Metabolic engineering of Lactococcus lactis to enhance biopolymer bead production : a thesis presented in partial fulfilment of the requirements for the degree of Master of Science in Microbiology at Massey University, Palmerston North, New Zealand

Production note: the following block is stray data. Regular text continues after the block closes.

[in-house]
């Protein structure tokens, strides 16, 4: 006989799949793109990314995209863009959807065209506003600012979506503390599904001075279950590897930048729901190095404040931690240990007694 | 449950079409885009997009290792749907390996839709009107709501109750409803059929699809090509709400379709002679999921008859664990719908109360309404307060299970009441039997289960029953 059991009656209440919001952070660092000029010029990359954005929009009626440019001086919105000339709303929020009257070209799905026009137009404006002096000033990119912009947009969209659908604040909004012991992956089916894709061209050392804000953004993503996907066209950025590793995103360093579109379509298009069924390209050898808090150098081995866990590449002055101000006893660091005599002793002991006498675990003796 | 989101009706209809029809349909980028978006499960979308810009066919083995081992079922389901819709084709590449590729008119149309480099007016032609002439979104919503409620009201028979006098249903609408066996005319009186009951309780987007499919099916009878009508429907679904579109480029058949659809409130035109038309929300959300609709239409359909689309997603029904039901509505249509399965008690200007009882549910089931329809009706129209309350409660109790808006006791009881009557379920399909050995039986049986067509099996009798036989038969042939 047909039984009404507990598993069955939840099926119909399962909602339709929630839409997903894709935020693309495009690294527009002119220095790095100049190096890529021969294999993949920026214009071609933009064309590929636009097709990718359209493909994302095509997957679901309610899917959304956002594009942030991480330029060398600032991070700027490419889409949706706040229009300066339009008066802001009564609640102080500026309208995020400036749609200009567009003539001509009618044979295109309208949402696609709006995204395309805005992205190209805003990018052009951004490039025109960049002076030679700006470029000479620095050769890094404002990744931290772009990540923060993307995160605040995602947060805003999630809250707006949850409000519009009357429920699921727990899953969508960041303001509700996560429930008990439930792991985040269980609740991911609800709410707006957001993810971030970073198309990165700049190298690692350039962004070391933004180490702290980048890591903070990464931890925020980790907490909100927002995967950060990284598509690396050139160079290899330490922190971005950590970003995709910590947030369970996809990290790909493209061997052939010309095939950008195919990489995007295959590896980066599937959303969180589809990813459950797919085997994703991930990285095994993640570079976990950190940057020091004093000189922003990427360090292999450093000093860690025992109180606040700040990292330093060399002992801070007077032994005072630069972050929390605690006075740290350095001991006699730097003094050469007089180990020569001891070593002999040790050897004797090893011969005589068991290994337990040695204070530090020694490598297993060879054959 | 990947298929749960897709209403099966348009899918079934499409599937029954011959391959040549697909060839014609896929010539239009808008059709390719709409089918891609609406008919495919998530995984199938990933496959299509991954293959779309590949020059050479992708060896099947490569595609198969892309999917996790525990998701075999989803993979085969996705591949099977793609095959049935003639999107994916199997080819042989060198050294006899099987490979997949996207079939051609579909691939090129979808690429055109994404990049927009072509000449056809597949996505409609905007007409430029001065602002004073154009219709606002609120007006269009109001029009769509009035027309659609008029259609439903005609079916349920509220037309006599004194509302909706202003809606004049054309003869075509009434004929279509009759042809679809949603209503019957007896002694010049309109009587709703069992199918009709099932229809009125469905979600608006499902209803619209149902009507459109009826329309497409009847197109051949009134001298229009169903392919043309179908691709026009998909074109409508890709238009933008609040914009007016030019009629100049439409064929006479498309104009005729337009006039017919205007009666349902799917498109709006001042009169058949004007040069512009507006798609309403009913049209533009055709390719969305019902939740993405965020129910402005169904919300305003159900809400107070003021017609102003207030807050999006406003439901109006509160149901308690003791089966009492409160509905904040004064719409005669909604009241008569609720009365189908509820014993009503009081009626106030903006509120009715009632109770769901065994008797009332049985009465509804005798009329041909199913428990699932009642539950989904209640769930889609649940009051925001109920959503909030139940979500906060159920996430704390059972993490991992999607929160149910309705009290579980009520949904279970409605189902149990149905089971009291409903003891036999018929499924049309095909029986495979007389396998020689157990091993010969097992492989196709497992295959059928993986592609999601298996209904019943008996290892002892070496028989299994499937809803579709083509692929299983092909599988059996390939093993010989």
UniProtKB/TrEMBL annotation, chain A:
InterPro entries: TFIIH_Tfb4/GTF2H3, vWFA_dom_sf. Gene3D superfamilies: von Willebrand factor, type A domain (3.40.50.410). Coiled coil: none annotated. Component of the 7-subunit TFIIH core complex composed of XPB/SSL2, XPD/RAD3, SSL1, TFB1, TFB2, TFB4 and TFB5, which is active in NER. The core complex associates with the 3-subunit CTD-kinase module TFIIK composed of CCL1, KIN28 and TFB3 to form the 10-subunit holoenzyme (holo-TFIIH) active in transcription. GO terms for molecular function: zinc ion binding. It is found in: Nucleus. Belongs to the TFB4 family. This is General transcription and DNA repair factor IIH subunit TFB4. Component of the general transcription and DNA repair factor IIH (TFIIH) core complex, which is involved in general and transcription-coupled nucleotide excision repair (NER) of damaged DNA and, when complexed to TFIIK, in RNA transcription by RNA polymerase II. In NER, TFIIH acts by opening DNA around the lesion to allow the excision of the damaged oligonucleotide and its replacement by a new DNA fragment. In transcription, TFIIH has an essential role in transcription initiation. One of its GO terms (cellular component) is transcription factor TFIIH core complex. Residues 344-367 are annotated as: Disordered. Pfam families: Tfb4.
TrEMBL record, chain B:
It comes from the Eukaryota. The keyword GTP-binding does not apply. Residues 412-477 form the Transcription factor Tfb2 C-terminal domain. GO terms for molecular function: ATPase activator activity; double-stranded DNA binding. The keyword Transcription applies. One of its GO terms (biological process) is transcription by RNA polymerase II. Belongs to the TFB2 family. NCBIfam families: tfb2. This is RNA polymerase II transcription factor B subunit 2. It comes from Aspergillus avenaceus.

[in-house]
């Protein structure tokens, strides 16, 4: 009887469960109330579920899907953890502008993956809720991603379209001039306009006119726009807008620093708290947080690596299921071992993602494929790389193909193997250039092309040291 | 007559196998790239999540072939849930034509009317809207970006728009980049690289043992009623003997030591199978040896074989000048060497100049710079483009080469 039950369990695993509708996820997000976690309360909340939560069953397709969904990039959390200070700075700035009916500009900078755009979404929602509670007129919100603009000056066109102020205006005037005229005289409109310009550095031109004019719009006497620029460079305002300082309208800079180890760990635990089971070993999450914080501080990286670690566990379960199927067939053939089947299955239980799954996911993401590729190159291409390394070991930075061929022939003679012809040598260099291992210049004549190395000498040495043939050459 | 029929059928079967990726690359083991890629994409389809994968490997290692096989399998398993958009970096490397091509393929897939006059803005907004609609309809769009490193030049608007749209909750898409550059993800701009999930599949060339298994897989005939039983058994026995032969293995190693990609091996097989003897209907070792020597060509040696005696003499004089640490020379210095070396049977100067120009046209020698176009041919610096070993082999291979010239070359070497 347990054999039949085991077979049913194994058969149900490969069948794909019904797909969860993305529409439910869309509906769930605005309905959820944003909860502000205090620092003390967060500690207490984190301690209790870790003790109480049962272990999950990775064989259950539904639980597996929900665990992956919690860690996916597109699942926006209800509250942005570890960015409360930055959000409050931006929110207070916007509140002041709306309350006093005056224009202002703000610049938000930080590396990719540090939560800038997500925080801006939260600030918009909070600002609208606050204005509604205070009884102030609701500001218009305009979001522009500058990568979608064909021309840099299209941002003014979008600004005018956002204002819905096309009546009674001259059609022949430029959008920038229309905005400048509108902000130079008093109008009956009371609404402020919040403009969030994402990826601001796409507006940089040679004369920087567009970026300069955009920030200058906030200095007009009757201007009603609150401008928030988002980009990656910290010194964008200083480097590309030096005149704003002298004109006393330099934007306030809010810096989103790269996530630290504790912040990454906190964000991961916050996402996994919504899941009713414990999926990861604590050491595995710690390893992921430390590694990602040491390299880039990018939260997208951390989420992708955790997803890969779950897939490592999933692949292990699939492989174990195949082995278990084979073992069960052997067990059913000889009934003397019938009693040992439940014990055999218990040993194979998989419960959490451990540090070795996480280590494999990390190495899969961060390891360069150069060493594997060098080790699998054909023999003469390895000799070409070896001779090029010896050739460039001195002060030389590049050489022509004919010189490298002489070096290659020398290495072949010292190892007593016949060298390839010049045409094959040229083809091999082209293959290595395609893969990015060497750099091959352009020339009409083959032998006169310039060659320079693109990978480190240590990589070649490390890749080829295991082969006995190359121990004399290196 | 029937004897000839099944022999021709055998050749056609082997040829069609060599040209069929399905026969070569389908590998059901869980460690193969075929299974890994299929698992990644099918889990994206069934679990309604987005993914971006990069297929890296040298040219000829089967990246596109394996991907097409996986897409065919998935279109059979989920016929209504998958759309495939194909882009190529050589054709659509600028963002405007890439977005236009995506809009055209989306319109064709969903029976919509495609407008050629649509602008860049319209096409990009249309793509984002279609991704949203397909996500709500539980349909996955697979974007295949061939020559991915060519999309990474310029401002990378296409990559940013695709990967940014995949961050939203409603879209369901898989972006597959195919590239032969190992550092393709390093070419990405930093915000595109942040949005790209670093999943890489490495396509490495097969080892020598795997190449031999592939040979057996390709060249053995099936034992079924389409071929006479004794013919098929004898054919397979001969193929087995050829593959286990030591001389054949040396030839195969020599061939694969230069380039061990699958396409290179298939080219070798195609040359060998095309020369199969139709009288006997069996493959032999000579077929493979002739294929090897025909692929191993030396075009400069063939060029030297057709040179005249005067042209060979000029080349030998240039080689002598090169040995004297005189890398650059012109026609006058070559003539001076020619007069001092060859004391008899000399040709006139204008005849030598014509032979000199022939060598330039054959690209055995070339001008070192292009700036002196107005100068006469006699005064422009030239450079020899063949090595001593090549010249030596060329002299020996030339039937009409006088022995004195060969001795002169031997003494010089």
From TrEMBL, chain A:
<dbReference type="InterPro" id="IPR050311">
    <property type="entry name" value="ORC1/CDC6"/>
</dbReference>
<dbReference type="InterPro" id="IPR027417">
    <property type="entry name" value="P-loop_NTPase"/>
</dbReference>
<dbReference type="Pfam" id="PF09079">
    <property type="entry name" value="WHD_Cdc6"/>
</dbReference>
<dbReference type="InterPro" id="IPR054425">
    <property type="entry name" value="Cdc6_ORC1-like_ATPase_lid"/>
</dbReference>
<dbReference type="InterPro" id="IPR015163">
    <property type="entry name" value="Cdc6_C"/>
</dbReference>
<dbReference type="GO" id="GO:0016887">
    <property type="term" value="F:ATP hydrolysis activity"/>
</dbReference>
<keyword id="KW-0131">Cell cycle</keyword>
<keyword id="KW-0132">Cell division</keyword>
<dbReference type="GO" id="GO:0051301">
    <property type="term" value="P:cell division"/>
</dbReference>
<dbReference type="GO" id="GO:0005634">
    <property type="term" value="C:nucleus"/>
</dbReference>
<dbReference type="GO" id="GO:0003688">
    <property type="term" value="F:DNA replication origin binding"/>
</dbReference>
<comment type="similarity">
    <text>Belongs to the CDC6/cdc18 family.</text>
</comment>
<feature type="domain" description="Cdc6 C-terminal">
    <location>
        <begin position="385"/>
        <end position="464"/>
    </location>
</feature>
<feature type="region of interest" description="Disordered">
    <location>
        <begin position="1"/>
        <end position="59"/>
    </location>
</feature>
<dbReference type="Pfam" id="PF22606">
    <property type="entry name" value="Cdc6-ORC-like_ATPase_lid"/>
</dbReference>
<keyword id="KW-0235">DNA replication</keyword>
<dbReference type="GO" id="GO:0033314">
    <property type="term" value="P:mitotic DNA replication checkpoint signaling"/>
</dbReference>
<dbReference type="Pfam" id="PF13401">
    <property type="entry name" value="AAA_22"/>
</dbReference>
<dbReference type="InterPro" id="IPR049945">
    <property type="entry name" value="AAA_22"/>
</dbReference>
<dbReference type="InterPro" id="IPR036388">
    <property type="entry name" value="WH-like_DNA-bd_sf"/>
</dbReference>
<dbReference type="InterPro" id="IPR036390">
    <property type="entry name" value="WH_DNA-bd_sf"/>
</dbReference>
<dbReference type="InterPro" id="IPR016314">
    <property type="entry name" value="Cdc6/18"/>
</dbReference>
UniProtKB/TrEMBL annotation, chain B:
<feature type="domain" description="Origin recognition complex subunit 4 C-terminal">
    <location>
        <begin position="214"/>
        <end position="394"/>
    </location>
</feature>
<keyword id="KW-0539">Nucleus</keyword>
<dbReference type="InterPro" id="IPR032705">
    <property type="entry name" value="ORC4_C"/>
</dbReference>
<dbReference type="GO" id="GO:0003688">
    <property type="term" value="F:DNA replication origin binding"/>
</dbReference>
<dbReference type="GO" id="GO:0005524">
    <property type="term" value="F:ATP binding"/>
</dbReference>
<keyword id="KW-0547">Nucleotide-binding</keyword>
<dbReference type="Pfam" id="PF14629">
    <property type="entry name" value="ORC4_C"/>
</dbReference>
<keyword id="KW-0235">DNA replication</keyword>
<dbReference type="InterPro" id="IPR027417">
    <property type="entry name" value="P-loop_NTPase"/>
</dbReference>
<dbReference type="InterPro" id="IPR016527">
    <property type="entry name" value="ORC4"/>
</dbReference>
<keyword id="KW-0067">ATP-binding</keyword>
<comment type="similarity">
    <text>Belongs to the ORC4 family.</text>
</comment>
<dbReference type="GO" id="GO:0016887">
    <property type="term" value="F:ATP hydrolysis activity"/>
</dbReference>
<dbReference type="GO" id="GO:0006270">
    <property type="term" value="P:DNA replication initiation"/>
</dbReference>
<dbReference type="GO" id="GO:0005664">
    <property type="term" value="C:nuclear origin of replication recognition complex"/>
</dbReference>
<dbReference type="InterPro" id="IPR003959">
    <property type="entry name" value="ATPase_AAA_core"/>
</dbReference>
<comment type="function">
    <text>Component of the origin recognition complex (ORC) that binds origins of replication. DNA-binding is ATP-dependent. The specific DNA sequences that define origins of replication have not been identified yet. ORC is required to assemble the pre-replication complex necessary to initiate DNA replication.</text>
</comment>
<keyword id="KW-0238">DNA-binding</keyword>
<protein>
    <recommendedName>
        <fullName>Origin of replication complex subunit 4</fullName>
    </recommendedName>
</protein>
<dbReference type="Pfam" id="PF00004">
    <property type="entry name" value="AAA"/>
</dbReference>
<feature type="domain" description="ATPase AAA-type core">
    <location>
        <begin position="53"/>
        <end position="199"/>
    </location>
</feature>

Polyhydroxyalkanoates (PHAs) are a group of biopolyesters that are synthesized by polyester synthases in a wide range of Gram-positive and Gram-negative bacteria, and are stored in bacterial cells as intracellular inclusions. Recently, these inclusions have been considered for biotechnological and biomedical applications as surface-functionalized micro-/nanobeads. The production of functionalized poly[(R)-3-hydroxybutyrate] (PHB; a biopolyester) beads in the food-grade host Lactococcus lactis has recently been established, however the levels of PHB production are low in comparison to levels produced by recombinant E. coli. In an attempt to improve PHB production in L. lactis, the metabolic flux of carbon from pyruvate was engineered to redirect the flux towards acetyl Co-A, one of the precursors for PHB. This involved knocking out two enzymes involved in conversion of acetyl Co-A to acetate and ethanol (acetaldehyde dehydrogenase and phosphate acetyltransferase, respectively). PHB production using a strain deficient in acetaldehyde dehydrogenase (adhE) was not assessed due to difficulties encountered in creating the knockout strain. This study showed the successful construction and phenotypic characterisation of a phosphate acetyltransferase (eutD) deficient strain of L. lactis. Production of acetate was substantially reduced in this mutant, and growth of the strain was improved when PHB production was established. However, rather than increasing, levels of PHB production by the eutD knockout were comparable to WT. Additionally, complementation of the mutant strain still needs to be achieved to confirm that the observed acetate-production phenotype is attributable to the lack of the eutD gene.